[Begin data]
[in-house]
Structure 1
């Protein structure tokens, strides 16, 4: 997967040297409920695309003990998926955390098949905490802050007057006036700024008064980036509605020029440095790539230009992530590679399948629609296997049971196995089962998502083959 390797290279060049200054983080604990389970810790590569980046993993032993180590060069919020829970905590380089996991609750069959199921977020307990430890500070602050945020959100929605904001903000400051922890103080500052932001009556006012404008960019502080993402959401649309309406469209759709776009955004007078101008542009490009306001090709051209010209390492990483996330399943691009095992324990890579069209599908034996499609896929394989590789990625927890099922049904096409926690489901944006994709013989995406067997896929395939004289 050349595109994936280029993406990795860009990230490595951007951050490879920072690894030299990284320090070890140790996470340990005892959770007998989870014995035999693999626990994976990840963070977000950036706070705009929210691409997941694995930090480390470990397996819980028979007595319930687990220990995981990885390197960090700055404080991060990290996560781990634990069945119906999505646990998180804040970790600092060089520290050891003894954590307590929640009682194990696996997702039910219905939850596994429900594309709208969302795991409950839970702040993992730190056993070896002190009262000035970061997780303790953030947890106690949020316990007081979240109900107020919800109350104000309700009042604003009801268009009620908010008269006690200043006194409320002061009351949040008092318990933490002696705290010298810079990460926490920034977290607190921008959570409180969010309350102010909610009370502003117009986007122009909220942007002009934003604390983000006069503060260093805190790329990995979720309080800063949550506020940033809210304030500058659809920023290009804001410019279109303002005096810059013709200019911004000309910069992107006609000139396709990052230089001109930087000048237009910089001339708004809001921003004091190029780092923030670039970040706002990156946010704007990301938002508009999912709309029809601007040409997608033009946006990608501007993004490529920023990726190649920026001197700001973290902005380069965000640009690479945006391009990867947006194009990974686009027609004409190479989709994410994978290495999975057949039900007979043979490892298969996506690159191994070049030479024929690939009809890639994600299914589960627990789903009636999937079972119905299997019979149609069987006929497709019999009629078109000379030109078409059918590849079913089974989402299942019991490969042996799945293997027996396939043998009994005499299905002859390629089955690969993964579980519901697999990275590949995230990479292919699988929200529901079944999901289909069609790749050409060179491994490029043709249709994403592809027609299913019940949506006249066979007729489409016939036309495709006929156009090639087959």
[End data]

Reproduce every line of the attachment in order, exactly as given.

[in-house]
Structure 1
């Protein structure tokens, strides 16, 4: 997967040297409920695309003990998926955390098949905490802050007057006036700024008064980036509605020029440095790539230009992530590679399948629609296997049971196995089962998502083959 390797290279060049200054983080604990389970810790590569980046993993032993180590060069919020829970905590380089996991609750069959199921977020307990430890500070602050945020959100929605904001903000400051922890103080500052932001009556006012404008960019502080993402959401649309309406469209759709776009955004007078101008542009490009306001090709051209010209390492990483996330399943691009095992324990890579069209599908034996499609896929394989590789990625927890099922049904096409926690489901944006994709013989995406067997896929395939004289 050349595109994936280029993406990795860009990230490595951007951050490879920072690894030299990284320090070890140790996470340990005892959770007998989870014995035999693999626990994976990840963070977000950036706070705009929210691409997941694995930090480390470990397996819980028979007595319930687990220990995981990885390197960090700055404080991060990290996560781990634990069945119906999505646990998180804040970790600092060089520290050891003894954590307590929640009682194990696996997702039910219905939850596994429900594309709208969302795991409950839970702040993992730190056993070896002190009262000035970061997780303790953030947890106690949020316990007081979240109900107020919800109350104000309700009042604003009801268009009620908010008269006690200043006194409320002061009351949040008092318990933490002696705290010298810079990460926490920034977290607190921008959570409180969010309350102010909610009370502003117009986007122009909220942007002009934003604390983000006069503060260093805190790329990995979720309080800063949550506020940033809210304030500058659809920023290009804001410019279109303002005096810059013709200019911004000309910069992107006609000139396709990052230089001109930087000048237009910089001339708004809001921003004091190029780092923030670039970040706002990156946010704007990301938002508009999912709309029809601007040409997608033009946006990608501007993004490529920023990726190649920026001197700001973290902005380069965000640009690479945006391009990867947006194009990974686009027609004409190479989709994410994978290495999975057949039900007979043979490892298969996506690159191994070049030479024929690939009809890639994600299914589960627990789903009636999937079972119905299997019979149609069987006929497709019999009629078109000379030109078409059918590849079913089974989402299942019991490969042996799945293997027996396939043998009994005499299905002859390629089955690969993964579980519901697999990275590949995230990479292919699988929200529901079944999901289909069609790749050409060179491994490029043709249709994403592809027609299913019940949506006249066979007729489409016939036309495709006929156009090639087959």